Minimalism. When most people hear that word, they immediately think of hippies who sell all their possessions and live out of a suitcase. But in actual fact, minimalism can mean something different for everyone and in this day and age, most of us can benefit from minimising aspects of our ever so busy lives.
The Minimalists – a duo who run a popular minimalism blog – sum it up perfectly: Minimalism is a tool to rid yourself of life’s excess in favor of focusing on what’s important—so you can find happiness, fulfillment, and freedom.
Sounds pretty good doesn’t it? Unfortunately for a lot of us, our financial life is far from minimalistic. We are a generation that is obsessed with credit cards, Afterpay and spending money we don’t have. However, there are definitely ways we can streamline it all, to keep it simple so we can spend more time focusing on the things that actually matter.
1. Find your Super!
Remember your first job where you had to sign up for a super fund and you had absolutely no idea what you were doing? And then you did the same at your next job? Sounding familiar? A lot of us have multiple super funds in which we have money just sitting there, not knowing what we are invested in and how well our fund is doing. The problem with this is that you’re most likely paying administration fees for each of those funds, for no reason at all!
Nowadays, you can simply roll the funds into one single fund via myGov. However it is always beneficial to seek professional advice, as you do not want to close a fund that has a great insurance policy within it, or end up in a super fund that isn’t generating good returns.2. Go paperless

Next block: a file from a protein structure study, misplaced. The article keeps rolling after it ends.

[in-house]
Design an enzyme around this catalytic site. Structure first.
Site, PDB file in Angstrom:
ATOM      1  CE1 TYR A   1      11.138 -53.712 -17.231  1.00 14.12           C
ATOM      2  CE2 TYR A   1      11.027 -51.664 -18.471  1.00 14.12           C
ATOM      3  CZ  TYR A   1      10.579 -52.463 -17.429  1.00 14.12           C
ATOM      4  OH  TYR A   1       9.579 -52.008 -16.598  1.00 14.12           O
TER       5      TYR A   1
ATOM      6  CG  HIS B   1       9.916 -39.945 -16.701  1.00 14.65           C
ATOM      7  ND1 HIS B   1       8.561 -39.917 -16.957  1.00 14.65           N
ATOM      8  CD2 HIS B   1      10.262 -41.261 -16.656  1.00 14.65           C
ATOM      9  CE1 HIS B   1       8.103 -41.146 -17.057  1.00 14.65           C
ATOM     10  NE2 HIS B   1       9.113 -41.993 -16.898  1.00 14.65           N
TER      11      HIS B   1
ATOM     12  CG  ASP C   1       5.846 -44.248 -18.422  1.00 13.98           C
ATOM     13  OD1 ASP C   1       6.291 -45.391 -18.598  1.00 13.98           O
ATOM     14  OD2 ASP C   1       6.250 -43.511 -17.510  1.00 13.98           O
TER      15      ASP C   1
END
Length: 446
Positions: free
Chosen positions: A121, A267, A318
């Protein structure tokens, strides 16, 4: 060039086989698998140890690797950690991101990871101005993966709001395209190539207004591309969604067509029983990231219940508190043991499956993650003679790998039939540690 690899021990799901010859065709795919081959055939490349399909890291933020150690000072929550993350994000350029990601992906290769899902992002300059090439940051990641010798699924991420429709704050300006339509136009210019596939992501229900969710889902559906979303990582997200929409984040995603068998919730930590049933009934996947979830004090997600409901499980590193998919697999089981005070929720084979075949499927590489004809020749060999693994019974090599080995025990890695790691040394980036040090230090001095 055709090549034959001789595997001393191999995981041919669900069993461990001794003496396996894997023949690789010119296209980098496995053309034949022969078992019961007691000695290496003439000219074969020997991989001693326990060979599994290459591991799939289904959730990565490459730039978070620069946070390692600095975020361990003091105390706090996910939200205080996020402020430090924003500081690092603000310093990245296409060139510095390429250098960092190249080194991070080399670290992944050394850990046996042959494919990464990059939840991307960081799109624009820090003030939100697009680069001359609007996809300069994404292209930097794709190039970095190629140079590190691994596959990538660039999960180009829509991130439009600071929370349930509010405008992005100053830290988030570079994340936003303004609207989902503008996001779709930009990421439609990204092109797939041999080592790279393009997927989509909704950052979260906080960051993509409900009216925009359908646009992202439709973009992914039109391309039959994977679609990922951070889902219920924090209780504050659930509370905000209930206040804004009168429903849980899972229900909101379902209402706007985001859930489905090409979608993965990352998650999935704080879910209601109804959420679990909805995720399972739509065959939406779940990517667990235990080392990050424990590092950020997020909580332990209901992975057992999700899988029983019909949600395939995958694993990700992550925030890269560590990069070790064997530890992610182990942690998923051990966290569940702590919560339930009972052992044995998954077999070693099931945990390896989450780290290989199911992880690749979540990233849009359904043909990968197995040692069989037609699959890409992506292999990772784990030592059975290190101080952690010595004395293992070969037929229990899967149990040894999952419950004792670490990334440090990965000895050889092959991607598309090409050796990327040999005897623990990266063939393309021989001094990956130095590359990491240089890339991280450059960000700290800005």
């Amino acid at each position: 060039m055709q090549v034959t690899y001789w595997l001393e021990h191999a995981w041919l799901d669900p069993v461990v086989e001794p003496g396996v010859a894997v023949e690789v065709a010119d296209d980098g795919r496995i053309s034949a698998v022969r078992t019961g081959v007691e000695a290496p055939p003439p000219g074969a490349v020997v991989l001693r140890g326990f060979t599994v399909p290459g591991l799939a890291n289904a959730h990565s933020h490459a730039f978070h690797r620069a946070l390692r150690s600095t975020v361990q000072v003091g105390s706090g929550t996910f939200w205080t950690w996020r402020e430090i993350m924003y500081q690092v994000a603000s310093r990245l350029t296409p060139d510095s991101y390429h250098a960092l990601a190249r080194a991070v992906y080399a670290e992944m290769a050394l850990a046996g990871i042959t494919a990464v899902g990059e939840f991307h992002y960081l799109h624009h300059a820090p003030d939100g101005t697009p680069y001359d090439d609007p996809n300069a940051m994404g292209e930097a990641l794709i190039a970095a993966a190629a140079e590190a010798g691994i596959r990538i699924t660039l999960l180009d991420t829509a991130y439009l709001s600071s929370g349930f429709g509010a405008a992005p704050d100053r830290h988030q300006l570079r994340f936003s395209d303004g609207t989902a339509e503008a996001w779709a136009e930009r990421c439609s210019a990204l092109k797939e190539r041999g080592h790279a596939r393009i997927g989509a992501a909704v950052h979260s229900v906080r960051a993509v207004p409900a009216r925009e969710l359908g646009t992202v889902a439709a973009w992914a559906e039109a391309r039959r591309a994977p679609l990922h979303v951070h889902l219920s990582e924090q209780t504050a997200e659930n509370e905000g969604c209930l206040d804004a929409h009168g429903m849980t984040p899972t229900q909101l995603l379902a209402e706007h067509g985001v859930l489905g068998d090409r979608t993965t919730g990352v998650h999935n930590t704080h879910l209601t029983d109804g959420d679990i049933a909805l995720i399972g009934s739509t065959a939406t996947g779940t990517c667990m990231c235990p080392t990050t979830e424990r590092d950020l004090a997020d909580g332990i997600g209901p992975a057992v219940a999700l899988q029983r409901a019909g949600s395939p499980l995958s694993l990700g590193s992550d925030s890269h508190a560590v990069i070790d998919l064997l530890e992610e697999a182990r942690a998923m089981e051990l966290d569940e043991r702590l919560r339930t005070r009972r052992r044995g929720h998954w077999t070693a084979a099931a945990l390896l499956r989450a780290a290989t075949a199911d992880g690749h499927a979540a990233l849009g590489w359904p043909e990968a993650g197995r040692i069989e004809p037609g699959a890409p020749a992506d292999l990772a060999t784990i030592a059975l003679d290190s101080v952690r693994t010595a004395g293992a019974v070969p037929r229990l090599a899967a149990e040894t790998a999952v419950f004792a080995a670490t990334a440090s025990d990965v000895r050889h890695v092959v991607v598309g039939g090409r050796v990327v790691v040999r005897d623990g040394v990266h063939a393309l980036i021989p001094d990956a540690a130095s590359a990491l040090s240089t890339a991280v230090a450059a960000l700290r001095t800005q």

It’s 2017, get with the times! You can go without those paper statements that you always throw into the back of your drawer and never look at again. Most things nowadays are digital, so spend a couple of hours going through all your statements and bills and switch to paperless where possible. Trust me, it will be worth it – for you and the environment. And anything that needs to be sent via post, you can just take a photo of it and save it. This is also great for your receipts come tax time.
3. Say bye to buying
How often do you buy something just because it’s on sale? “There’s 30% off, I’ll just have a quick look…” you say. All of a sudden, you’ve maxed out your credit card again and have to live on tuna for the rest of the week. Minimalism is not about never buying new clothes and rotating between three t-shirts; it is about calculated purchases, quality not quantity, needs not wants. With that being said, no one needs that pair of Louboutins but it’s about finding that balance – taking a step back and asking yourself “will I actually use/wear these?” and “am I just buying it because it’s on sale?”You will find that by making more mindful purchases, you will spend less on things that just sit collecting dust. Beside from having less clutter, you will have more dollars to spend on things that will enrich your life . . . such as those highly coveted red soles.
4. Cut the card
One of the things that weighs us down mentally is debt, and it doesn’t help that we now have all the options available when it comes to spending money we don’t have: credit cards, Afterpay, personal loans… you know what I’m talking about. If you’ve managed to rack up an impressive amount of debt over the years, consider limiting yourself to just one card with a sensible and manageable limit so that you’re not paying multiple annual card fees and having to remember when eight different monthly bills are due.Simplifying your financial life and taking a few steps into the world of minimalism can help you on your way to achieving your financial goals. By applying a few of the points mentioned above, you can help relieve some anxiety that goes along with managing your money and sooner or later you’ll be able to bask in the glory of your stress-free financial life.
To jump start your journey to a life of minimalism, speak to a financial adviser on 1300 726 082 who can help map out ways to reduce your spending and declutter your finances.
General Advice Warning: This advice may not be suitable to you because it contains general advice that has not been tailored to your personal circumstances. Please seek personal financial advice prior to acting on this information.
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